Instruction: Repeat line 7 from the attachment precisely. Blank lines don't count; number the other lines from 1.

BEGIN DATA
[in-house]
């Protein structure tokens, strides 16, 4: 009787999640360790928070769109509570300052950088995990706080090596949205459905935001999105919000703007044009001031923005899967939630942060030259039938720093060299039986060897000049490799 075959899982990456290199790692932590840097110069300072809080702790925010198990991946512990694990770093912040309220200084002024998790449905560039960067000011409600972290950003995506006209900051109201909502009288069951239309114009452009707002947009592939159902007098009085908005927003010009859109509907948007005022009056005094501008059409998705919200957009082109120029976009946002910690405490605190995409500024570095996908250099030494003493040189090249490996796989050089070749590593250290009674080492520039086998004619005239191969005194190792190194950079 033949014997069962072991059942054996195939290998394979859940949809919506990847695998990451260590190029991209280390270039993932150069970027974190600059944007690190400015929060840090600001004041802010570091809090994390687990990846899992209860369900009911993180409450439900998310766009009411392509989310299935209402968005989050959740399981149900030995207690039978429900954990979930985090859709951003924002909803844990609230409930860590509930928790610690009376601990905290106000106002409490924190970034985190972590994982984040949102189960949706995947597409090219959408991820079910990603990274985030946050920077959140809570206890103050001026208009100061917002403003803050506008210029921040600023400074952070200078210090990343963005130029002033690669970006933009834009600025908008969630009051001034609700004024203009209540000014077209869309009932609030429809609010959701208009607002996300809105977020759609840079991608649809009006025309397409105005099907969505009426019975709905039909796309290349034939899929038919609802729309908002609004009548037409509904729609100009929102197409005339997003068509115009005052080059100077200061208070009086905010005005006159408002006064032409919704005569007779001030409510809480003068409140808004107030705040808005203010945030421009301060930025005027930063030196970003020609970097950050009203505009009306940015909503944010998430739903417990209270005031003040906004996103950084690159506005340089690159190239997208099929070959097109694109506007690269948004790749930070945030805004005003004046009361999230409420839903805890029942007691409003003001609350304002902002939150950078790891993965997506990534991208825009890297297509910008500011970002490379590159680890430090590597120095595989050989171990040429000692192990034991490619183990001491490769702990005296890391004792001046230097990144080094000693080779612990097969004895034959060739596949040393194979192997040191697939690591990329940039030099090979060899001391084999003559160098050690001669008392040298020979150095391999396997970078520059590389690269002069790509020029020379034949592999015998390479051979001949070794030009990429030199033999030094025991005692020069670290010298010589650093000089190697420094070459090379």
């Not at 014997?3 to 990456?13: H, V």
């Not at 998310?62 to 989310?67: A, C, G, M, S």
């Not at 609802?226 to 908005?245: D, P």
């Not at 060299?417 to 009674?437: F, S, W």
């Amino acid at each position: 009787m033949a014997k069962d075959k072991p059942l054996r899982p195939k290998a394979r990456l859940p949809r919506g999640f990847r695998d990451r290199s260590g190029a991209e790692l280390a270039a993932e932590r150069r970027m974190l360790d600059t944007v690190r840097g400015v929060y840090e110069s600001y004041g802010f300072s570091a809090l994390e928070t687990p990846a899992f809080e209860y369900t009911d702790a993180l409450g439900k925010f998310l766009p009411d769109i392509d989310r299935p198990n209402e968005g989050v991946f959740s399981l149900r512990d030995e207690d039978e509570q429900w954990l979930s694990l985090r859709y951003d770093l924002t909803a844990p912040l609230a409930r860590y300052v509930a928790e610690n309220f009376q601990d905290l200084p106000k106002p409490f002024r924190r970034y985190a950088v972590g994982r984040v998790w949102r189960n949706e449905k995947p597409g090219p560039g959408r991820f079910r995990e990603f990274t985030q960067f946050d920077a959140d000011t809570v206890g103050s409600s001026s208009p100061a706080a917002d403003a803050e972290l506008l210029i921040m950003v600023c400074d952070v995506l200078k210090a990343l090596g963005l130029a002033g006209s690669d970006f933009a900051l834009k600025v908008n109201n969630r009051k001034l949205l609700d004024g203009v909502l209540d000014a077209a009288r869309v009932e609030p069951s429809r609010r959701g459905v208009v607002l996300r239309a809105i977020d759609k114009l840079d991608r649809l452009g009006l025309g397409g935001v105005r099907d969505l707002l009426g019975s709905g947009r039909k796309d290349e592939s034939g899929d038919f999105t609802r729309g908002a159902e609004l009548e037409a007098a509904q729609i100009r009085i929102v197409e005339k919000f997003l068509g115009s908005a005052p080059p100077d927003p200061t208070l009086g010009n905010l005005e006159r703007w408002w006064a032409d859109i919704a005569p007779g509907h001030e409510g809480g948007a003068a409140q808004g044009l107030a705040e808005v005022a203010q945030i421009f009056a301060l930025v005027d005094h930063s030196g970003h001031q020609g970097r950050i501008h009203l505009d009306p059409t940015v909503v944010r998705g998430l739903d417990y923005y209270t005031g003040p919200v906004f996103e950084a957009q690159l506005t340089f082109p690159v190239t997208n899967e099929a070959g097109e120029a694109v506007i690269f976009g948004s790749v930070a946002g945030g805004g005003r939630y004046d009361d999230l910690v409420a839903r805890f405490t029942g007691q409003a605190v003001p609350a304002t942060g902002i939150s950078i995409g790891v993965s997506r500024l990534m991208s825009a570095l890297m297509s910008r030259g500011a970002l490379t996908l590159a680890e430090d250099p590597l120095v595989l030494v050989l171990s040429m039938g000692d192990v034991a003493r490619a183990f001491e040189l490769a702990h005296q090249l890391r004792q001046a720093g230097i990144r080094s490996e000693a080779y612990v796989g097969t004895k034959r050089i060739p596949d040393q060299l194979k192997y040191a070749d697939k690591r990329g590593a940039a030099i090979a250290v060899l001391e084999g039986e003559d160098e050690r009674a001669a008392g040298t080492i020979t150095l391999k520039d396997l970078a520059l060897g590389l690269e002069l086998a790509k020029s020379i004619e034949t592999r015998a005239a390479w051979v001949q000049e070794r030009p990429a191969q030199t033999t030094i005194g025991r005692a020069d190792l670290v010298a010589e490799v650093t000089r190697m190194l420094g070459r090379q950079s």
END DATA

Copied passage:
């Amino acid at each position: 009787m033949a014997k069962d075959k072991p059942l054996r899982p195939k290998a394979r990456l859940p949809r919506g999640f990847r695998d990451r290199s260590g190029a991209e790692l280390a270039a993932e932590r150069r970027m974190l360790d600059t944007v690190r840097g400015v929060y840090e110069s600001y004041g802010f300072s570091a809090l994390e928070t687990p990846a899992f809080e209860y369900t009911d702790a993180l409450g439900k925010f998310l766009p009411d769109i392509d989310r299935p198990n209402e968005g989050v991946f959740s399981l149900r512990d030995e207690d039978e509570q429900w954990l979930s694990l985090r859709y951003d770093l924002t909803a844990p912040l609230a409930r860590y300052v509930a928790e610690n309220f009376q601990d905290l200084p106000k106002p409490f002024r924190r970034y985190a950088v972590g994982r984040v998790w949102r189960n949706e449905k995947p597409g090219p560039g959408r991820f079910r995990e990603f990274t985030q960067f946050d920077a959140d000011t809570v206890g103050s409600s001026s208009p100061a706080a917002d403003a803050e972290l506008l210029i921040m950003v600023c400074d952070v995506l200078k210090a990343l090596g963005l130029a002033g006209s690669d970006f933009a900051l834009k600025v908008n109201n969630r009051k001034l949205l609700d004024g203009v909502l209540d000014a077209a009288r869309v009932e609030p069951s429809r609010r959701g459905v208009v607002l996300r239309a809105i977020d759609k114009l840079d991608r649809l452009g009006l025309g397409g935001v105005r099907d969505l707002l009426g019975s709905g947009r039909k796309d290349e592939s034939g899929d038919f999105t609802r729309g908002a159902e609004l009548e037409a007098a509904q729609i100009r009085i929102v197409e005339k919000f997003l068509g115009s908005a005052p080059p100077d927003p200061t208070l009086g010009n905010l005005e006159r703007w408002w006064a032409d859109i919704a005569p007779g509907h001030e409510g809480g948007a003068a409140q808004g044009l107030a705040e808005v005022a203010q945030i421009f009056a301060l930025v005027d005094h930063s030196g970003h001031q020609g970097r950050i501008h009203l505009d009306p059409t940015v909503v944010r998705g998430l739903d417990y923005y209270t005031g003040p919200v906004f996103e950084a957009q690159l506005t340089f082109p690159v190239t997208n899967e099929a070959g097109e120029a694109v506007i690269f976009g948004s790749v930070a946002g945030g805004g005003r939630y004046d009361d999230l910690v409420a839903r805890f405490t029942g007691q409003a605190v003001p609350a304002t942060g902002i939150s950078i995409g790891v993965s997506r500024l990534m991208s825009a570095l890297m297509s910008r030259g500011a970002l490379t996908l590159a680890e430090d250099p590597l120095v595989l030494v050989l171990s040429m039938g000692d192990v034991a003493r490619a183990f001491e040189l490769a702990h005296q090249l890391r004792q001046a720093g230097i990144r080094s490996e000693a080779y612990v796989g097969t004895k034959r050089i060739p596949d040393q060299l194979k192997y040191a070749d697939k690591r990329g590593a940039a030099i090979a250290v060899l001391e084999g039986e003559d160098e050690r009674a001669a008392g040298t080492i020979t150095l391999k520039d396997l970078a520059l060897g590389l690269e002069l086998a790509k020029s020379i004619e034949t592999r015998a005239a390479w051979v001949q000049e070794r030009p990429a191969q030199t033999t030094i005194g025991r005692a020069d190792l670290v010298a010589e490799v650093t000089r190697m190194l420094g070459r090379q950079s």